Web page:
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rule Wills, Estates & Trusts

Wills, Estates & Trusts

rule

The Laws of Intestacy

If someone dies and has not left a Will they are said to have died intestate. In these circumstances the estate must be distributed according to the laws of intestacy which set out a statutory set of rules which leave a person’s estate to their next of kin in a fixed order. 

Graysons Solicitors can help you with dealing with an estate under these circumstances. Contact us to arrange a consultation.

The chart below (provided by the Department for Work and Pensions) sets out the way an estate should be distributed of someone who has died intestate.

New statutory legacies came into effect on 1st February 2009. Below is a table showing the new legacies, together with a table showing the previous statutory legacies before this date.

INTESTACY DISTRIBUTION LIST FROM 1st FEBRUARY 2009

Deceased dies leaving Estate goes to:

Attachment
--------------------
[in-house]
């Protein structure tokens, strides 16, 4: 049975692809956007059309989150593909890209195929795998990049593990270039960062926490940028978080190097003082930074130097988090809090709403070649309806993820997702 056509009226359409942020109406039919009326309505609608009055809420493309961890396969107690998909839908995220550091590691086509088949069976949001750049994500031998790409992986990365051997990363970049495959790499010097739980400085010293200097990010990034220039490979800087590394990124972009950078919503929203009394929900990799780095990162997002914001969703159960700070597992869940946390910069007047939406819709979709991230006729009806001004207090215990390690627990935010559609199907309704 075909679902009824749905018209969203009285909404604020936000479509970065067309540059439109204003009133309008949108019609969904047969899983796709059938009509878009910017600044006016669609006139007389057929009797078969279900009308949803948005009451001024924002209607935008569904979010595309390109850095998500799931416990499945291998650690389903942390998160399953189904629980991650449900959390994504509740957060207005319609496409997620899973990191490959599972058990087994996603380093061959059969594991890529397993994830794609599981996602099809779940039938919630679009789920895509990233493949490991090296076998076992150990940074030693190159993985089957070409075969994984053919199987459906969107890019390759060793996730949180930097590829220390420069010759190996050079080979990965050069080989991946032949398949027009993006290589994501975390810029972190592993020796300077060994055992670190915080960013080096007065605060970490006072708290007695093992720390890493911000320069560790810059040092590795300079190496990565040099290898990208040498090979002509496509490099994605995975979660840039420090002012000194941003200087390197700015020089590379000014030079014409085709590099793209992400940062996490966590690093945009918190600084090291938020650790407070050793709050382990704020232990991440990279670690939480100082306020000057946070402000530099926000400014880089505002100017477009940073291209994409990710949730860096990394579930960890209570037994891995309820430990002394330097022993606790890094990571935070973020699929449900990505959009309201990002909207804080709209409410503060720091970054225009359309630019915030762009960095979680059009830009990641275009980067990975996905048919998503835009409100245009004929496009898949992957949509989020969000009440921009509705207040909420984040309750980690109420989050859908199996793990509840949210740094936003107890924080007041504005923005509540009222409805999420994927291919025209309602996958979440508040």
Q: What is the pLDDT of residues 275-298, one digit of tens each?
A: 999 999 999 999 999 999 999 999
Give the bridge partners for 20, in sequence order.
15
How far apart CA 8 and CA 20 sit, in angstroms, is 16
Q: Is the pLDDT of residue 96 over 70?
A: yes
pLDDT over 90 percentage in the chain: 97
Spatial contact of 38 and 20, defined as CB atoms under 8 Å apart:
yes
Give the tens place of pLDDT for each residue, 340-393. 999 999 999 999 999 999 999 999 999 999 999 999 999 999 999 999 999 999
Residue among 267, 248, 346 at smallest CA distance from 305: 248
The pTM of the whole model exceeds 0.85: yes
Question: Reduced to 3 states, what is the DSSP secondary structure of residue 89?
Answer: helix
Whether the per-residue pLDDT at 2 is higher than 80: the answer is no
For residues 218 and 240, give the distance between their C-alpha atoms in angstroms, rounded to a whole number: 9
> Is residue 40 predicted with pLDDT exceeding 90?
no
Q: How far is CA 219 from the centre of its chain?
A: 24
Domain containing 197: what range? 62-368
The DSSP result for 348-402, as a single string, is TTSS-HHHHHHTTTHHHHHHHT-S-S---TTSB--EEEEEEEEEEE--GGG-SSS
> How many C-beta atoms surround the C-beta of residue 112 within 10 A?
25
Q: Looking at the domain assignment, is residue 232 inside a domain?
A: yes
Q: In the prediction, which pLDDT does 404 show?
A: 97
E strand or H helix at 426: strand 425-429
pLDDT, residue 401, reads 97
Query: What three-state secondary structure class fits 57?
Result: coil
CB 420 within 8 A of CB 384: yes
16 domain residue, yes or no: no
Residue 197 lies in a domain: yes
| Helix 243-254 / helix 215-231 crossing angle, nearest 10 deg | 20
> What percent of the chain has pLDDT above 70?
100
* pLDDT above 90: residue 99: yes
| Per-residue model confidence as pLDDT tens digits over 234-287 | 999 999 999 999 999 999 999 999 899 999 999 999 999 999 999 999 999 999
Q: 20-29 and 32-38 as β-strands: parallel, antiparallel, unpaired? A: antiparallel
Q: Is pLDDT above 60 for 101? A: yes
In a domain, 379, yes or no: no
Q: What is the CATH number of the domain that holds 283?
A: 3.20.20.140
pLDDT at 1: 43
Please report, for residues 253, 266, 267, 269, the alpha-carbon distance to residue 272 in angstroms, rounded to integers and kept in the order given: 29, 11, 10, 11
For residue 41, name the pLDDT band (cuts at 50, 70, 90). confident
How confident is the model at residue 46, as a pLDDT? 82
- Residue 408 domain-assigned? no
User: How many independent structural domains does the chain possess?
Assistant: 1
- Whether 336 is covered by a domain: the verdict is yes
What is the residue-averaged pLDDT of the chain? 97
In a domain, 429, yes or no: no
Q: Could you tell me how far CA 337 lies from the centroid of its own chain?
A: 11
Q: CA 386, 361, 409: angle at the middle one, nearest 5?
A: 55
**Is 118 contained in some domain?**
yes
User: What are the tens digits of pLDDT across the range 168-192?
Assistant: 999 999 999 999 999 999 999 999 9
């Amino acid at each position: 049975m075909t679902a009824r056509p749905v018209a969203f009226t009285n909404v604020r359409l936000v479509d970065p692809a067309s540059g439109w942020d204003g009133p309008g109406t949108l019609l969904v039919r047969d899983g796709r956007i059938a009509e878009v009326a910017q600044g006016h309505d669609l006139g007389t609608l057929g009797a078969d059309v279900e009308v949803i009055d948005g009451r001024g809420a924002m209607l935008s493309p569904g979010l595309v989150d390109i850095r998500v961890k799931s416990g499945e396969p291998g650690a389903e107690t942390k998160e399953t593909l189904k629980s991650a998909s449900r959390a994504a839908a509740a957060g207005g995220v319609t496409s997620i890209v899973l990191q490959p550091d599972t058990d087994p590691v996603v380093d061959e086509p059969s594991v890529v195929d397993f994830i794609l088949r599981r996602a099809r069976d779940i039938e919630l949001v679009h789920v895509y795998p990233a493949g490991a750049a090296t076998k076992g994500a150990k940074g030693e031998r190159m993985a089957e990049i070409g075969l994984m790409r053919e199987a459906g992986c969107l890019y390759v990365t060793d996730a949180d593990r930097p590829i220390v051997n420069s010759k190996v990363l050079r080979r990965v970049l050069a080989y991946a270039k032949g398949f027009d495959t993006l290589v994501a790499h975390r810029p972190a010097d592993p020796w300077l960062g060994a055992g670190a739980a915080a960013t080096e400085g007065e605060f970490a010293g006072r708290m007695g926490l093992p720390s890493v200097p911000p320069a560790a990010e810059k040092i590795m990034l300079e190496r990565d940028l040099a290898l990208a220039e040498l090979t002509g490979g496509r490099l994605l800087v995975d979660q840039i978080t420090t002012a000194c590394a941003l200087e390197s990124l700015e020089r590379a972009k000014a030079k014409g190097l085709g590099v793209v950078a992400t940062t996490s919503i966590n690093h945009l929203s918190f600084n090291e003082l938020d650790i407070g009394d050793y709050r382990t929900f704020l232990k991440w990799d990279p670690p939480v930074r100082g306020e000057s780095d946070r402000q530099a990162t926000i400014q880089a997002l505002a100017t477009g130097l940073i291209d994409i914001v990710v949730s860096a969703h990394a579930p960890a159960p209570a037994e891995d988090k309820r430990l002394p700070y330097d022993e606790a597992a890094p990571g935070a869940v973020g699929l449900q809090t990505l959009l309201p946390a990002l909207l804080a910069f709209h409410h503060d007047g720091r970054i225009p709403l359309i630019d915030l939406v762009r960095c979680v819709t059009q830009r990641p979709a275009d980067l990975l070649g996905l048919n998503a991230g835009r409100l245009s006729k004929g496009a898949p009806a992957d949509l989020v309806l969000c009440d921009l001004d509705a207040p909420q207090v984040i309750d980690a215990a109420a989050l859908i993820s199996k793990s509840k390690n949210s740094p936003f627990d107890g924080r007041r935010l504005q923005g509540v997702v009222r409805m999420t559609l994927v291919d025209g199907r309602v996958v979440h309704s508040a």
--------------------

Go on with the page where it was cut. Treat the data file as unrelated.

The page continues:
A spouse/civil partner and children

1. Net estate not more than £250,000 – All to spouse/civil partner if he/she survives the deceased by 28 days.

2. Net estate over £250,000 – First £250,000 plus personal possessions to spouse/civil partner. Half of the rest is shared equally amongst the children. The spouse/civil partner also has the right to the interest only on the other half during his/her lifetime, then after the death of the spouse/ civil partner, to the children in equal shares.

A spouse/civil partner (but no children), and either parents, or brothers or sisters of the whole blood

1. Net estate not more than £450,000 – All to spouse/civil partner if he/she survives the deceased by 28 days.